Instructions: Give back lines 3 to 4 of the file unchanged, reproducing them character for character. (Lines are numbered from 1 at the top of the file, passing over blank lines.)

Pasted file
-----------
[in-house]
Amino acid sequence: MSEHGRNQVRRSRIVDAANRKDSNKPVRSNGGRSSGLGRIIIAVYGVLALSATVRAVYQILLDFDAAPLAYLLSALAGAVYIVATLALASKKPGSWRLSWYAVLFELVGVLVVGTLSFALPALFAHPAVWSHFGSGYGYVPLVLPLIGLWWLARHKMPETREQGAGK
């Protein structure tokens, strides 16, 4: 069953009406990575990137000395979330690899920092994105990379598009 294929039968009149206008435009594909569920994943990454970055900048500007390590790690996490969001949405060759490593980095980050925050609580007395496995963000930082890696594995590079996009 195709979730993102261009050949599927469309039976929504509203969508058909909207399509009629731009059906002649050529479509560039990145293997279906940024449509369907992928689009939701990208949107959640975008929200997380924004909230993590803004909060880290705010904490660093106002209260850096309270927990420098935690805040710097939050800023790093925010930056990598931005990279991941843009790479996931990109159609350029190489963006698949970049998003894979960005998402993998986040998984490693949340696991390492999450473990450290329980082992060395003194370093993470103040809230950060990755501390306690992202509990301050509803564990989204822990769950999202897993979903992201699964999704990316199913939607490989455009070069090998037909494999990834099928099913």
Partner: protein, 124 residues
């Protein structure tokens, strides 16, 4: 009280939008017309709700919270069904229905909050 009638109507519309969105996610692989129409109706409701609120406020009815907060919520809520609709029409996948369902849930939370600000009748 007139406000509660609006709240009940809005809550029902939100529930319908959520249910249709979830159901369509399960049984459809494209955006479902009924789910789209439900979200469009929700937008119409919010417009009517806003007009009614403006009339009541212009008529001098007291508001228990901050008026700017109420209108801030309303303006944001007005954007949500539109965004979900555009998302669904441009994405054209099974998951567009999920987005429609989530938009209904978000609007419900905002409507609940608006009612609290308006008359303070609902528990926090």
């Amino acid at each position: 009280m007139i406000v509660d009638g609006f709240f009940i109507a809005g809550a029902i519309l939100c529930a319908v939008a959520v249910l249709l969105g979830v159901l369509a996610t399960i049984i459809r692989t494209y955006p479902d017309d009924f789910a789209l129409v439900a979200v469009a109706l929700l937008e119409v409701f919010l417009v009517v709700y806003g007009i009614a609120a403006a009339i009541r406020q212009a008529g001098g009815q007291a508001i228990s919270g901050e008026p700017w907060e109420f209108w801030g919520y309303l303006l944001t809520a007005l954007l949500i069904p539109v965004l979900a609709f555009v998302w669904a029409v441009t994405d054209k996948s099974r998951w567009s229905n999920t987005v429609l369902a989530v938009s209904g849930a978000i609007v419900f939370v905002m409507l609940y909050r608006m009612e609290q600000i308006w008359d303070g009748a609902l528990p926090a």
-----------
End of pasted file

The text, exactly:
């Protein structure tokens, strides 16, 4: 069953009406990575990137000395979330690899920092994105990379598009 294929039968009149206008435009594909569920994943990454970055900048500007390590790690996490969001949405060759490593980095980050925050609580007395496995963000930082890696594995590079996009 195709979730993102261009050949599927469309039976929504509203969508058909909207399509009629731009059906002649050529479509560039990145293997279906940024449509369907992928689009939701990208949107959640975008929200997380924004909230993590803004909060880290705010904490660093106002209260850096309270927990420098935690805040710097939050800023790093925010930056990598931005990279991941843009790479996931990109159609350029190489963006698949970049998003894979960005998402993998986040998984490693949340696991390492999450473990450290329980082992060395003194370093993470103040809230950060990755501390306690992202509990301050509803564990989204822990769950999202897993979903992201699964999704990316199913939607490989455009070069090998037909494999990834099928099913």
Partner: protein, 124 residues